MOVIES
Review

'Raw Cut' is more sitcom than thriller

Aside from the double-entendre title of 'Raw Cut,' there's really nothing to fear in this attempt at horror

In "Raw Cut," destitute former trust-fund baby Jack (Christopher Soren Kelly) and wife Amanda (C. Ashleigh Caldwell) arrive on the Wyoming ranch of their nouveau riche college pal Adam (Daniel Ponickly) and his oversexed sugar baby Stephanie (Zoe Quist). The reunion turns out to be a mere salvo for principal photography on Stephanie's thesis film, in which the old friends star pro bono.

The film-within-a-film is a sketchy found-footage-style horror flick involving two adventure video bloggers attacked by hillbillies à la "Deliverance." The fact that these amateurs improvise without a script doesn't strike anyone — the characters as well as moviegoers — as alarming as it ought to.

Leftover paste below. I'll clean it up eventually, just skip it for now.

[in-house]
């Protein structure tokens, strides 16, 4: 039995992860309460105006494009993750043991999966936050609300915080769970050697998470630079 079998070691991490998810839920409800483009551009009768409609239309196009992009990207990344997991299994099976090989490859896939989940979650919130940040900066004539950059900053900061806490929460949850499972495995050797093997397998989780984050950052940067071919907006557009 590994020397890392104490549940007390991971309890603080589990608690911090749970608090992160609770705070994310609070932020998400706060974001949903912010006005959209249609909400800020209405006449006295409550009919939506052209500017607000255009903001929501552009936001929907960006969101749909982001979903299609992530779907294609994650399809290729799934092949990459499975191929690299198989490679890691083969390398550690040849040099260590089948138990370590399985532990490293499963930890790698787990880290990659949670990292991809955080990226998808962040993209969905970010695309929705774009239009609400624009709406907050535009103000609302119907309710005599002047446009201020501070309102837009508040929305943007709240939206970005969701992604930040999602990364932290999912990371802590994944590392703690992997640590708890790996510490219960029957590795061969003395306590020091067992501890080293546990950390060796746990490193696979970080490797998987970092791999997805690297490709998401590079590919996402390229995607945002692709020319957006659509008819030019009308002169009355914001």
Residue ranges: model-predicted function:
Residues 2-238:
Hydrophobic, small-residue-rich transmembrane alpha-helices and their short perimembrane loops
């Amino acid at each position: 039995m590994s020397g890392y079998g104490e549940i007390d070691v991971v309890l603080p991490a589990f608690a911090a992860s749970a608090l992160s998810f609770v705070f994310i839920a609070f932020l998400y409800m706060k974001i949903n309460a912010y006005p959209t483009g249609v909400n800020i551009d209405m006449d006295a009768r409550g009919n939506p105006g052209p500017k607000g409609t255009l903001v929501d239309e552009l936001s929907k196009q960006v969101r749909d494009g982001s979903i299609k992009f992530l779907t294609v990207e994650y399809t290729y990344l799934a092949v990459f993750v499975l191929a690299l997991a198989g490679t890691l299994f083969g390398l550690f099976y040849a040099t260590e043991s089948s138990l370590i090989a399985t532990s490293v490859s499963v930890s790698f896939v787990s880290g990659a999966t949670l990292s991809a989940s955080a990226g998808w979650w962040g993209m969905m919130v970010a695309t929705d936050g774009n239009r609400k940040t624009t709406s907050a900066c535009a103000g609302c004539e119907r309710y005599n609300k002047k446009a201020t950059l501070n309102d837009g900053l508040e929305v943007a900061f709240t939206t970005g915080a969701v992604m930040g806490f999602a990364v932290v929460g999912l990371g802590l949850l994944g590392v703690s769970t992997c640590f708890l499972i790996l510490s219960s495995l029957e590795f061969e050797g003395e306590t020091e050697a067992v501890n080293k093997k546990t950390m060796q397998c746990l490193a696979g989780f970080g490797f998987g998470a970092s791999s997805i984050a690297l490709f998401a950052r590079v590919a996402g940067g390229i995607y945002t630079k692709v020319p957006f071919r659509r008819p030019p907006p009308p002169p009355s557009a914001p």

Most horror films and thrillers lay the groundwork early on so the audience spends the remainder dreading the inevitable. But halfway through, "Raw Cut" has already debunked an early foreshadowing as a false lead. The most suspenseful plot element for much of its duration is the notice of foreclosure that Jack and Amanda receive via email. Clues of a potential killer emerge only after 45 minutes, and no pathology is ever established.

Aside from the film's double-entendre title and typical slasher-movie poster, director Quist and screenwriter Ponickly have given us nothing to fear. As actors, they monotonously rush through their lines as if at a table read. The result feels more like a sitcom without canned laughter than anything else.

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'Raw Cut'

MPAA rating: None

Running time: 1 hour, 23 minutes.

Playing: At Downtown Independent, Los Angeles.

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